Foreign qualification in Oklahoma is simple if you know where to find and send your forms. If you or your legal counsel has decided to foreign qualify your LLC in Oklahoma, you can do so online, by mail, or in person. Which is the best option? Filing online is the most efficient, but they’re all equally effective, so choose the one that appeals to you. Here are some directions for each:
Keep in mind that with each of these filing methods, you’ll also need to submit an official Certificate of Good Standing (not more than 60 days old) from your LLC’s home state. Reach out to your home state’s government to obtain one.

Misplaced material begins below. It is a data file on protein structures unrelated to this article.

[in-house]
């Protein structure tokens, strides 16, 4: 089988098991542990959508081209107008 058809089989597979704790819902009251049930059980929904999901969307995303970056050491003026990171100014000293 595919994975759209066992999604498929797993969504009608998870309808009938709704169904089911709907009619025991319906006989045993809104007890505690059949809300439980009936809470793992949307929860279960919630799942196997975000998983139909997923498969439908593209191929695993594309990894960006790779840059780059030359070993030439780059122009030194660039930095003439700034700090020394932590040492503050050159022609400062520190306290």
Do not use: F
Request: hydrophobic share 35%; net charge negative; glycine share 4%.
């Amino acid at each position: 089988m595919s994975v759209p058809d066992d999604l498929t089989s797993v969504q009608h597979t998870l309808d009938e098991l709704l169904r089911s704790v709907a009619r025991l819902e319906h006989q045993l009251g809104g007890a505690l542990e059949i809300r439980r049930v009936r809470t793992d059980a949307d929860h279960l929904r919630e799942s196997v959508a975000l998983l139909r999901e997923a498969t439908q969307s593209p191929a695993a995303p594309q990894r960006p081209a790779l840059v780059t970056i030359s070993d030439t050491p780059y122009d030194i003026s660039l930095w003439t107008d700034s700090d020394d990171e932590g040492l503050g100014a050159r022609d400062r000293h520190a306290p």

Online: Start by going to the Secretary of State’s Entity Filings page. On the Business Services homepage, all you have to do is click “Business Entity” under “File Online.” Scroll down just a little bit, and you’ll see a column titled “Foreign Organizations” on the right side. Underneath, select “Foreign Limited Liability Company,” follow the on-screen directions, and you’ll be done in no time. You can pay the application’s $300 fee via card through the Entity Filings portal.
By Mail: If you just love the feeling of a paper form, you can download and print one from the S.O.S. Downloadable Business Forms page. The document you want is listed as “Registration of Foreign Limited Liability Company Forms and Procedures.” There are detailed instructions for the form’s completion on its first two pages. When you’re finished, gather your form, Certificate of Good Standing, and $300 check (made out to the “Oklahoma Secretary of State”) and mail them to:
Oklahoma Secretary of State
421 N.W. 13th St., Suite 210